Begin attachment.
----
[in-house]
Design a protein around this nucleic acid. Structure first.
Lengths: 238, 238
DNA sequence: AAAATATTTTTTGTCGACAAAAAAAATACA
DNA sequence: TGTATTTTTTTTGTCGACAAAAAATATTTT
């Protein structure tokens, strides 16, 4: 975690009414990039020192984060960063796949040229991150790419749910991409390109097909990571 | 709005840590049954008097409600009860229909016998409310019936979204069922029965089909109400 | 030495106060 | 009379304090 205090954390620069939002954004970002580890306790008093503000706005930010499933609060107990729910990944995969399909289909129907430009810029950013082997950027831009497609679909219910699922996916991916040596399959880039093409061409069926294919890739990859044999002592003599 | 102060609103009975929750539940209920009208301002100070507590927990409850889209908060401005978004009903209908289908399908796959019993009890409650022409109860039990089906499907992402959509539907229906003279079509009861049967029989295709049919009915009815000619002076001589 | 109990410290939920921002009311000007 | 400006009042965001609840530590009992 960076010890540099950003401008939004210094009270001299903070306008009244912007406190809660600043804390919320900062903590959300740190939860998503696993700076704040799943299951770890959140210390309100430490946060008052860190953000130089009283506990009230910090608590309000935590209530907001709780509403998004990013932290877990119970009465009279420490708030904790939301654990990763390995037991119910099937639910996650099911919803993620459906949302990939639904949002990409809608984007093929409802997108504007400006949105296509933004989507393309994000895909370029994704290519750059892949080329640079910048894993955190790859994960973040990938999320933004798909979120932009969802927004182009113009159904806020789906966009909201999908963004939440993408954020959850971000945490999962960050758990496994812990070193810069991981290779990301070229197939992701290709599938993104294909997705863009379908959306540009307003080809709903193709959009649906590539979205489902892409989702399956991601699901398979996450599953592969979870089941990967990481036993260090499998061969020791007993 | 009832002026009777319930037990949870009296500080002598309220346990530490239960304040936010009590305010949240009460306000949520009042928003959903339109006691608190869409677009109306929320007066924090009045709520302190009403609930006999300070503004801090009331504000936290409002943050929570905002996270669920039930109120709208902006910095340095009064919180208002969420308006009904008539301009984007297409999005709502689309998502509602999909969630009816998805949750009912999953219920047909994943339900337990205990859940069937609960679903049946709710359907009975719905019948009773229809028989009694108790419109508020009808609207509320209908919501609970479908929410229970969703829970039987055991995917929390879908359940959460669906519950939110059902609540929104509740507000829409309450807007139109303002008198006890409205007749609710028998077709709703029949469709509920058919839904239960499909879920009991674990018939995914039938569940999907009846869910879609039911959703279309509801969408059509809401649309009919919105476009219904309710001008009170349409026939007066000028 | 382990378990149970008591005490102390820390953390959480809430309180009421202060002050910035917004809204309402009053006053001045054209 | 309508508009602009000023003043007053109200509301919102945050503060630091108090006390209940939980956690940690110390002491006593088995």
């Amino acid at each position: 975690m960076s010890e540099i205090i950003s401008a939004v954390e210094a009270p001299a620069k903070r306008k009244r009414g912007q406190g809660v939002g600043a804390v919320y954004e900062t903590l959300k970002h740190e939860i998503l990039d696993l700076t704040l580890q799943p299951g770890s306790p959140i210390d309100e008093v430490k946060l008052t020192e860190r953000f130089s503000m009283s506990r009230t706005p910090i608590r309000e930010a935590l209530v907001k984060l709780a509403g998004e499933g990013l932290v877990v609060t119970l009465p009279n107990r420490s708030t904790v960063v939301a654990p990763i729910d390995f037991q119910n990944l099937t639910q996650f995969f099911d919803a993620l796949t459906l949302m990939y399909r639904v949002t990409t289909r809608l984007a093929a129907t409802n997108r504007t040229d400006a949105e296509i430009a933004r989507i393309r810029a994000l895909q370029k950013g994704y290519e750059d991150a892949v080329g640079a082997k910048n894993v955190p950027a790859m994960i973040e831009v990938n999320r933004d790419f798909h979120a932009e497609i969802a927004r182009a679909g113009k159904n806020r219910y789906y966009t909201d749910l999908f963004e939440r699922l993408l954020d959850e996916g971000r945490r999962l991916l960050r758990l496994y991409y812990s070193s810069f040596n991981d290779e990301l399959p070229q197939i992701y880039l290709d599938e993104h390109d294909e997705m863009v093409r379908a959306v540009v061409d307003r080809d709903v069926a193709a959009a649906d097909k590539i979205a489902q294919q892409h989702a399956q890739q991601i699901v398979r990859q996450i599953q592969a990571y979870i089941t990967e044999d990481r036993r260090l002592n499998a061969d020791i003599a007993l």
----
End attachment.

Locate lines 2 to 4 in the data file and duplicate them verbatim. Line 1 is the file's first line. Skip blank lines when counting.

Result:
Design a protein around this nucleic acid. Structure first.
Lengths: 238, 238
DNA sequence: AAAATATTTTTTGTCGACAAAAAAAATACA